King Charles' jewels in 'cost of living' speech leaves public seeing red

King Charles' opening speech sparks crown jewel controversy

November 13, 2023

King Charles on November 11, took the center stage to deliver his inaugural Opening of Parliament speech as the reigning monarch of England.

This marked a significant occasion as he became the first king to undertake this ceremonial duty since King George VI in 1950, following his mother's remarkable 70-year reign.

While King Charles outlined key priorities for the parliamentary session, including initiatives like curbing youth smoking, tougher sentencing, and increased investment in public transportation, public attention seemed fixated on his wardrobe choices.

Sporting the majestic Imperial State Crown throughout his entire speech – a stark departure from his mother's tradition of placing it on a pillow beside her – the monarch's regal attire stole the spotlight.

The Imperial State Crown, adorned with nearly 3,000 jewels and weighing close to three pounds, became a symbol of the occasion. Unlike Queen Elizabeth, who found the crown too cumbersome for effective public speaking, King Charles opted to keep it on.

Social media erupted with mockery as King Charles III's opulent display during his Opening of Parliament speech drew criticism for its juxtaposition with a fleeting mention of economic concerns for ordinary citizens.

With the monarch's crown valued between £3 and £5 billion pounds, the contrast was highlighted against the backdrop of a declining average household income in the UK.

Public opinion on the British monarchy, as per recent polls, seems to be waning, particularly among young Britons who perceive King Charles as out of touch with the common people.

The taxpayer-funded event featured Charles donning three different crowns, while Queen Camilla's controversial scepter, crafted from elephant tusks, sparked outrage among animal rights activists and reignited discussions about England's imperial history.

In a broader global context, King Charles is part of the 34 constitutional monarchies where royals serve as symbolic figureheads without directly influencing legislation or governance.

This stands in contrast to the few absolute monarchs still reigning in parts of Africa and the Middle East, emphasizing the evolving roles and perceptions surrounding monarchies worldwide.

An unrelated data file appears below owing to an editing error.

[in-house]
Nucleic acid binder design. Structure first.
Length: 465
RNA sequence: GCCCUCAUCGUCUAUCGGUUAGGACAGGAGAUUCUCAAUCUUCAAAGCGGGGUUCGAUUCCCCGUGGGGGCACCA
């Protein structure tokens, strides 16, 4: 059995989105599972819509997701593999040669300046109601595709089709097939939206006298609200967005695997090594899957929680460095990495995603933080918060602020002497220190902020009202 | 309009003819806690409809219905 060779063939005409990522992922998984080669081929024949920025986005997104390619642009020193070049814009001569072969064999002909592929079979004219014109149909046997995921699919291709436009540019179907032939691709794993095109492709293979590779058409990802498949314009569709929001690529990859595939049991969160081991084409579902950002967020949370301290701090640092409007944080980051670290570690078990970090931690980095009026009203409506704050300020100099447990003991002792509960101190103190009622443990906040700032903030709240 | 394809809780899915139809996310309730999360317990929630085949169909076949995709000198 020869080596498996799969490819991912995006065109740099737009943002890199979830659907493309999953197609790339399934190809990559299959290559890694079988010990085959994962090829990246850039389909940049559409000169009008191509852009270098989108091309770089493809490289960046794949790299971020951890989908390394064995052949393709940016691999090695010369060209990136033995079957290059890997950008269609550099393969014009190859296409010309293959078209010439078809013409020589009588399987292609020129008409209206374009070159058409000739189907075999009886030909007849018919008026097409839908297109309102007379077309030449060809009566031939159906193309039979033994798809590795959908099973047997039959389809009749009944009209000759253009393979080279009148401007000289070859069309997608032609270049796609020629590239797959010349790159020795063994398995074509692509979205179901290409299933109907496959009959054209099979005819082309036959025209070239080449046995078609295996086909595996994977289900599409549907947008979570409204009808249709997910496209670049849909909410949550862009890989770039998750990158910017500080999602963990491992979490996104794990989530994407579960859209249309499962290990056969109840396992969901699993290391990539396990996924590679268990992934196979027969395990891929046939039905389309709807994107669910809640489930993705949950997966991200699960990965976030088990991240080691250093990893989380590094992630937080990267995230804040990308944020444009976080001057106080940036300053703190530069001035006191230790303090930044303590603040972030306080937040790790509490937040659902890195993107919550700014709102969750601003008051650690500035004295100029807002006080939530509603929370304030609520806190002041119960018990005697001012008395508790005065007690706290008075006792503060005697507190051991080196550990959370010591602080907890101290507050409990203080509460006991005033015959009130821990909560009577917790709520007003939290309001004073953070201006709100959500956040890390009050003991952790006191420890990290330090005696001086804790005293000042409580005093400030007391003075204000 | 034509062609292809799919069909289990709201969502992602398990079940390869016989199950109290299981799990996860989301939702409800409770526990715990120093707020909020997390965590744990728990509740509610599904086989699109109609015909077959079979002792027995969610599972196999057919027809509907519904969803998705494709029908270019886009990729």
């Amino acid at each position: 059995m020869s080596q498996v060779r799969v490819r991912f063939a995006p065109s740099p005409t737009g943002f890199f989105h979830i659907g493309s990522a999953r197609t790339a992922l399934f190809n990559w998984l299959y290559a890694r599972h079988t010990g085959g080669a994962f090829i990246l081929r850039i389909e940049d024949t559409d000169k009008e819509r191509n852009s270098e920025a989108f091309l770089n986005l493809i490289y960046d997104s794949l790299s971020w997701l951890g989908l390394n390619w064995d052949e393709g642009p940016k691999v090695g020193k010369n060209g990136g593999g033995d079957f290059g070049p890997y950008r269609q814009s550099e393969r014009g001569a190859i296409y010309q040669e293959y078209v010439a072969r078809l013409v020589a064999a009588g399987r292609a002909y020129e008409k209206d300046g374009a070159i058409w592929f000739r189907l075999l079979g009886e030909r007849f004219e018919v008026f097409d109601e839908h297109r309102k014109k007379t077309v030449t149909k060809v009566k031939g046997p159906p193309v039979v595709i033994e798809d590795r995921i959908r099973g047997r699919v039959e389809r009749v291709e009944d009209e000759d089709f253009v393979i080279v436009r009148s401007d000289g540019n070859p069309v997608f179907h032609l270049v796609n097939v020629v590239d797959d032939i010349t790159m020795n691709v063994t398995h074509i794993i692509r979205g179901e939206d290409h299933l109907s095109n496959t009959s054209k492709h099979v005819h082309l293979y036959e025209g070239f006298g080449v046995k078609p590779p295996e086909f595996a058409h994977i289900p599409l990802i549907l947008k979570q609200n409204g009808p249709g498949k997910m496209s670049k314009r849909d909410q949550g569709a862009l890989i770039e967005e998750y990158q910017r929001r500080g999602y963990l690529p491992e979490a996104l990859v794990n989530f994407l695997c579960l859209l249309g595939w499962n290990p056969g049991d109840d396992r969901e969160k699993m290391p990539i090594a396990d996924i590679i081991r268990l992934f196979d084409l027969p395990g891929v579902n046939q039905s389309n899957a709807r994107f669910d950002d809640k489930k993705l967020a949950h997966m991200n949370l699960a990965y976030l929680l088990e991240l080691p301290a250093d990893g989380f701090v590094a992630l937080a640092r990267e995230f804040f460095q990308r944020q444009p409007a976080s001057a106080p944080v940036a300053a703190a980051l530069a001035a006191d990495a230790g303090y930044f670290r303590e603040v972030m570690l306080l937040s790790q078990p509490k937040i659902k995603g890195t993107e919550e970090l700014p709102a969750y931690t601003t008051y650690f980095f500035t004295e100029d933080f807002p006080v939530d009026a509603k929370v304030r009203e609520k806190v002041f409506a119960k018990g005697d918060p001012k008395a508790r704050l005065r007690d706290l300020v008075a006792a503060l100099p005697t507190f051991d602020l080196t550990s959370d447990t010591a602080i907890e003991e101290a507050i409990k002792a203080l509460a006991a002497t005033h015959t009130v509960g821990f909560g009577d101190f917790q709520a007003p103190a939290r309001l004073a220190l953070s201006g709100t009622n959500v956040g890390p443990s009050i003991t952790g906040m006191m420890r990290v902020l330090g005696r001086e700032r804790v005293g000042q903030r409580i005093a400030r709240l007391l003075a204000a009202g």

The burning question on everyone's minds: Will King Charles follow through on his pledges to scale back?

The global audience remains on the edge of their seats, eagerly anticipating the monarch's actions.

However, the lavish spectacle of his coronation, tagged as the most expensive in modern history with a staggering cost of £50 to £100 million pounds, has ignited concerns, particularly as the British economy faces a downturn.

Suggestions to trim down his regal ensemble, perhaps by setting aside at least one of his three crowns, have surfaced.

Notably, the Imperial State Crown worn during his Opening of Parliament speech boasts a storied past, having stood alongside Richard III at the Battle of Bosworth Field.

The inclusion of the Black Prince Ruby, actually a spinel, adds historical weight as a cherished possession of Henry VIII.

However, a more contentious jewel on the Imperial State Crown, the Cullinan diamond, spotlights the British monarchy's dilemma.

Mined during the era of colonization and exploitation in South Africa, the diamond has become a symbol of a troubled past.

A petition with over 8,000 signatures calls for the diamond's return to South Africa for display in a museum.

While King Charles expresses support for researching the monarchy's ties to slavery, the likelihood of the world's largest diamond returning to its place of origin remains uncertain.